It is a wonderful trick if you do it in the correct way at the correct time. Some people without my wonderful sense of showmanship may find the routine a trifle long. If that is the case there is no law saying that you cannot shorten the routine. In fact I do believe there are a couple of shorter routines (not the Dr Sack routine) also using the twisting move, in Ganson's Routined Manipulation series which are very excellent books anyway.

Paul Pacific will attest to the sensation I caused when we both walked into a games shop in Toronto and I showed the trick to a couple of sales clerks who thought they were seeing things. I used the shop's own dice which made it seem quite miraculous.
James Munton
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Yes, but it doesn't count if you are doing it for geeks in a games shop. You are using something that is quite holy to them. Try doing it at the average restaurant gig. And if you even attempted such an awful routine at a corporate strolling gig, you would never work again. No sane person cares how many spots there are on a die nor what the two sides add up to.

Asking people questions throughout the routine is just annoying and when you said the following, you are basically conceding that I am correct:

Quote:
you are constantly checking that the spectator is following the effect and is not getting confused. I ask them a question about the spots and will not continue until they give me the correct answer.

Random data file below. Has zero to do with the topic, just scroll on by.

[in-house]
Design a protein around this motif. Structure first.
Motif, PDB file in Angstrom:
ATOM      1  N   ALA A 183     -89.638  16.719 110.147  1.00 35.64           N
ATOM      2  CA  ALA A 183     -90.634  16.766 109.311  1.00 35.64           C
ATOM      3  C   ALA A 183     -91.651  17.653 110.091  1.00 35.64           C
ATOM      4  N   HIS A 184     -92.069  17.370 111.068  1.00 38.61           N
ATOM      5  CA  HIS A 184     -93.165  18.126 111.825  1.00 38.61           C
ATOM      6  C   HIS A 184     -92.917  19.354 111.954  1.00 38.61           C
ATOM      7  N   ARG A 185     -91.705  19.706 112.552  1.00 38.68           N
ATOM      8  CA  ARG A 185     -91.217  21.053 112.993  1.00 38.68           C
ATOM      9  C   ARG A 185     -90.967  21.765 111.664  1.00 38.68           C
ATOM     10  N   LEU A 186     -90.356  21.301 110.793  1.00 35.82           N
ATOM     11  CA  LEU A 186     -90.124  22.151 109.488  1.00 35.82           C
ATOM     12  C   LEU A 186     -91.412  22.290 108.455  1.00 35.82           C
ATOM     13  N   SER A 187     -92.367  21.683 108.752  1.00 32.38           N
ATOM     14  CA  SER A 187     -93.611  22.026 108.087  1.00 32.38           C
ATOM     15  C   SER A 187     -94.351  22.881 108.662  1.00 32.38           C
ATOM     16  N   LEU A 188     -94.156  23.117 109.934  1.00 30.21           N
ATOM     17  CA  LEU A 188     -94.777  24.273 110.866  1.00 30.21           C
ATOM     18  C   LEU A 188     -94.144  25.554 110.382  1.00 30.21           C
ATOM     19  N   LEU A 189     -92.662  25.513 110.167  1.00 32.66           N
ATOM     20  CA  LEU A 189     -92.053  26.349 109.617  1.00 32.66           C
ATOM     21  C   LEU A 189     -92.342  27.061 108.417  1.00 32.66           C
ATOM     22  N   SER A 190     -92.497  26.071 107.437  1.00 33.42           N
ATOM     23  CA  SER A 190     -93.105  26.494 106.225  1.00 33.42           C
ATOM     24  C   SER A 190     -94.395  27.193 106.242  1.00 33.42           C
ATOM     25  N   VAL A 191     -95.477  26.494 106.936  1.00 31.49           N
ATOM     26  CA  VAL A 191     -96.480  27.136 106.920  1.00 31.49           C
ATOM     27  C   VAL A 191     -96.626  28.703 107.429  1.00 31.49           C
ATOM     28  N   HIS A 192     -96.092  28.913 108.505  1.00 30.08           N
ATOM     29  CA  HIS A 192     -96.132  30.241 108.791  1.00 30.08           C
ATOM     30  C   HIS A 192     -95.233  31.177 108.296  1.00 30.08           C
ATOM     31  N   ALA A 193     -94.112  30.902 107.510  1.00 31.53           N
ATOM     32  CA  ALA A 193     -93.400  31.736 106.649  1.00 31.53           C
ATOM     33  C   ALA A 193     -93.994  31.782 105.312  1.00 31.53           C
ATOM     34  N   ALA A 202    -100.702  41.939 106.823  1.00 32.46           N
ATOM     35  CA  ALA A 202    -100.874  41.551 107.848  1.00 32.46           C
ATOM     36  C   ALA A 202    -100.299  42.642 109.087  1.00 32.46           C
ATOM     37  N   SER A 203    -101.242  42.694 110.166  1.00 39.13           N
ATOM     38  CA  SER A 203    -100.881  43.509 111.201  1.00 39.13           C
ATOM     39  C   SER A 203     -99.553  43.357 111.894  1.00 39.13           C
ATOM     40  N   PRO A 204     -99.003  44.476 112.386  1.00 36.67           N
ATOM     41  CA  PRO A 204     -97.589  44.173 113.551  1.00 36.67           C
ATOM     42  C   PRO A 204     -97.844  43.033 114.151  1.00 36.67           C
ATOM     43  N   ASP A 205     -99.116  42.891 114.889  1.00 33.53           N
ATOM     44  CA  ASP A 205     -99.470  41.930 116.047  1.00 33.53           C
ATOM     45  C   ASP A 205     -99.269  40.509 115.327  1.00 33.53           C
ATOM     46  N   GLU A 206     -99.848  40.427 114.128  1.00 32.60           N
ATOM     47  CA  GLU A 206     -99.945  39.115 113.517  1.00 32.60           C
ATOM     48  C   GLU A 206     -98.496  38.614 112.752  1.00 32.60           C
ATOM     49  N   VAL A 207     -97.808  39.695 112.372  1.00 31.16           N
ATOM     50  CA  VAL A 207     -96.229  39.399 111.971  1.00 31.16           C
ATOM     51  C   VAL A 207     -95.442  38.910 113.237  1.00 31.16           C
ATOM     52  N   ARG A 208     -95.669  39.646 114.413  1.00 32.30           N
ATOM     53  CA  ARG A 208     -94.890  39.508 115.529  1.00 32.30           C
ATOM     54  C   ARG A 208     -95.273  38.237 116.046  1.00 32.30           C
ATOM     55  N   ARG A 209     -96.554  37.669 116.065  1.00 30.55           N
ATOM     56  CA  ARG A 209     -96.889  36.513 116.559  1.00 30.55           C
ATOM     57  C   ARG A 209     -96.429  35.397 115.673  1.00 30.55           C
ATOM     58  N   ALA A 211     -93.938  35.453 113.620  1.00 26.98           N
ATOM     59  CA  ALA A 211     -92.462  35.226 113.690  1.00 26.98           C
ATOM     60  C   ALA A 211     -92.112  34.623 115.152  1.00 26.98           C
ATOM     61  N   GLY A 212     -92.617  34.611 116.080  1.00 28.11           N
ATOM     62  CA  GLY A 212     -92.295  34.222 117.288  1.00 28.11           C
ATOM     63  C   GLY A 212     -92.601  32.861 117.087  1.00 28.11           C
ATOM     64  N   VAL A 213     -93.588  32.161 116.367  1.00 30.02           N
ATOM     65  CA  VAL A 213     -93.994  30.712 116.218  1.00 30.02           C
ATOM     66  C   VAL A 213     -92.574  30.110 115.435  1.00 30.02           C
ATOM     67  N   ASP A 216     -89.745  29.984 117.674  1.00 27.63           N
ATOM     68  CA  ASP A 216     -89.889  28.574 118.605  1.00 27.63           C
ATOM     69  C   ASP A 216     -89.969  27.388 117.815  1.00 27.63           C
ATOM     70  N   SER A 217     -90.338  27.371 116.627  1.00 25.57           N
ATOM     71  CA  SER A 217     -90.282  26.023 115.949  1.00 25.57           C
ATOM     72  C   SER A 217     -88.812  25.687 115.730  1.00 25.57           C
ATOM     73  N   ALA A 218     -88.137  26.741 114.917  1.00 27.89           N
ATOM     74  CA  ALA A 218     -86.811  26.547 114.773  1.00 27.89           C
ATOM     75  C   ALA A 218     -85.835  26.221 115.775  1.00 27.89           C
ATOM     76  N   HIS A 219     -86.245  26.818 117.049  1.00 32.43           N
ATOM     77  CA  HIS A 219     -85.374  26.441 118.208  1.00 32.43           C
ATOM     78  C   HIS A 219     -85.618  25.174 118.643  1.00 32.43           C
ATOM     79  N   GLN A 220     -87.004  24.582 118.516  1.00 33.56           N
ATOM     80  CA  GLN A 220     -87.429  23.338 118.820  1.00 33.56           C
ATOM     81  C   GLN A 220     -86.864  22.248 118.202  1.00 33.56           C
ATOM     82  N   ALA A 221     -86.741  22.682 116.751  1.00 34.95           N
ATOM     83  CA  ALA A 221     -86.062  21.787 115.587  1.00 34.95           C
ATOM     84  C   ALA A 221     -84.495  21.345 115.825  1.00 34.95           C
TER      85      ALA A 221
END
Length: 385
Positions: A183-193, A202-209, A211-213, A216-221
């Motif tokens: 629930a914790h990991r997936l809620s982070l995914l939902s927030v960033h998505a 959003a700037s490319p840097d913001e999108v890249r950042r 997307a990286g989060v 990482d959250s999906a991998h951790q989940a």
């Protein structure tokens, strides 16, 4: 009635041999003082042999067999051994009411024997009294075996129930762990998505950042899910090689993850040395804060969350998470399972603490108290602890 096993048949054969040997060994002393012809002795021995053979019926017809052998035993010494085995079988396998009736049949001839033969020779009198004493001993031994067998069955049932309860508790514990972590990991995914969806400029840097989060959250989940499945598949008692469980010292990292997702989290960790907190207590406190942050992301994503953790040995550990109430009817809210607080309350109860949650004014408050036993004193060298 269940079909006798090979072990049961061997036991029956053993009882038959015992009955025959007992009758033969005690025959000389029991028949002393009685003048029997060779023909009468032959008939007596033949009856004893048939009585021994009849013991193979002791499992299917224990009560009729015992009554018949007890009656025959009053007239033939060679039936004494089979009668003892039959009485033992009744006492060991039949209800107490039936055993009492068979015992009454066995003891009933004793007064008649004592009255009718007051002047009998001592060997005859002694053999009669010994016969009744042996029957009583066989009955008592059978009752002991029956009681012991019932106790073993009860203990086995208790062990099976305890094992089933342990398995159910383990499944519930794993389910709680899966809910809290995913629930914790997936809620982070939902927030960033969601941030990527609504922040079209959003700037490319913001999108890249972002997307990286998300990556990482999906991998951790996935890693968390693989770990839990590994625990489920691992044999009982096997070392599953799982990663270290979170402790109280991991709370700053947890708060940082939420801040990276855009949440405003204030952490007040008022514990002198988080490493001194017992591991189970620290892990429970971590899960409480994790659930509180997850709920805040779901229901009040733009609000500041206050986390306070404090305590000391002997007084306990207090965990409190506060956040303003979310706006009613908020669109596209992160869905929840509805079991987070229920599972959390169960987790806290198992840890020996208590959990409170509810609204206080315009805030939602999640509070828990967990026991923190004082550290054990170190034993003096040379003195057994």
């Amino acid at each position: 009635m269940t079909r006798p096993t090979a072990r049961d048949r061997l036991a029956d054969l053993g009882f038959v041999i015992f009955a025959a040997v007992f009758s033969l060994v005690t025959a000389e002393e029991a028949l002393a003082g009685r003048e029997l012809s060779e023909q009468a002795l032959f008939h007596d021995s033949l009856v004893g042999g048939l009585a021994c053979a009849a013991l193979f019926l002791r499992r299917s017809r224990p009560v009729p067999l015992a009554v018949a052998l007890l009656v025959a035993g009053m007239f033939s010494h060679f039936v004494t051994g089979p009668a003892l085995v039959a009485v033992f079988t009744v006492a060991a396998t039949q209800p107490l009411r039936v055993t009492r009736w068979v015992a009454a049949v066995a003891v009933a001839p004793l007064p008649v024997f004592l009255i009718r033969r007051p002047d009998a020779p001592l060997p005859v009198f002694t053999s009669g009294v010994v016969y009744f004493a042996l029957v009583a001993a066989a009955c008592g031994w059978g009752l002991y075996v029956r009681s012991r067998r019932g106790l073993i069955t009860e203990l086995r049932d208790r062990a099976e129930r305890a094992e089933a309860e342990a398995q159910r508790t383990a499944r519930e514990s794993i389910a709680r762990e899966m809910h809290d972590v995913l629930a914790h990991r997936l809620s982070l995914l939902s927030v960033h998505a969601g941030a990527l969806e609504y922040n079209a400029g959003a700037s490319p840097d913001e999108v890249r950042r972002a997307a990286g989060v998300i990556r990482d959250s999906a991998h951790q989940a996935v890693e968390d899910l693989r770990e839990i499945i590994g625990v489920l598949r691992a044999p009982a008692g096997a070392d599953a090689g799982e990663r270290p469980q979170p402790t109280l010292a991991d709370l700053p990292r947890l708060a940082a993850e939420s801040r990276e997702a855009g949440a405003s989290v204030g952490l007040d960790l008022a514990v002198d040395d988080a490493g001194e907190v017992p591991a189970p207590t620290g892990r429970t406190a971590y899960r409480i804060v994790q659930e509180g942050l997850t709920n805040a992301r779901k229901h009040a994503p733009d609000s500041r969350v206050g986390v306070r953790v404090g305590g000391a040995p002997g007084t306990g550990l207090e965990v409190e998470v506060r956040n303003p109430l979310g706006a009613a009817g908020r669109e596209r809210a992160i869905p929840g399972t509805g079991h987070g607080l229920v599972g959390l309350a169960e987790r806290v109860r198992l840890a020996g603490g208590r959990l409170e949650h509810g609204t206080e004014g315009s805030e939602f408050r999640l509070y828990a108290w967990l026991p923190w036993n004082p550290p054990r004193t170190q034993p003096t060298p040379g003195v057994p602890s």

You sound like an awful mathematics teacher. What's next - calculus?

No, I think you made the right decision doing the dotty paddle trick on your video. If Mr. Brooks had seen you doing the Sucks Die Trick you would never have become the Guest of Honor.
PaulPacific
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Quote:
On 2011-06-02 21:59, James Munton wrote:
Yes, but it doesn't count if you are doing it for geeks in a games shop. You are using something that is quite holy to them. Try doing it at the average restaurant gig. And if you even attempted such an awful routine at a corporate strolling gig, you would never work again. No sane person cares how many spots there are on a die nor what the two sides add up to.



James, you are in good company. SHCBN ALSO hates the die trick!!
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Outward sunshine; inward joy,
Blessings on thee, barefoot boy! :-D
*Mark Lewis*
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Yes. Well I can't stand her too. She hasn't spoken to me for months because of Munton's big mouth. She refused to come to my book launch because of it and I am very upset over it. The trouble is that some people get very snobby when they associate with the supposed elite of magic even if most of them haven't got two pennies to rub together. Still, I am one of the elite myself now and I can see that Munton is madly jealous about it.

But back to the dice trick. I personally wouldn't use it at a corporate gig or at a restaurant. Or really at any professional show except television where it goes over very well. I don't particularly like close up magic gigs anyway. I learned close up magic for a different purpose and I have a different attitude towards it than simply doing it at paid gigs.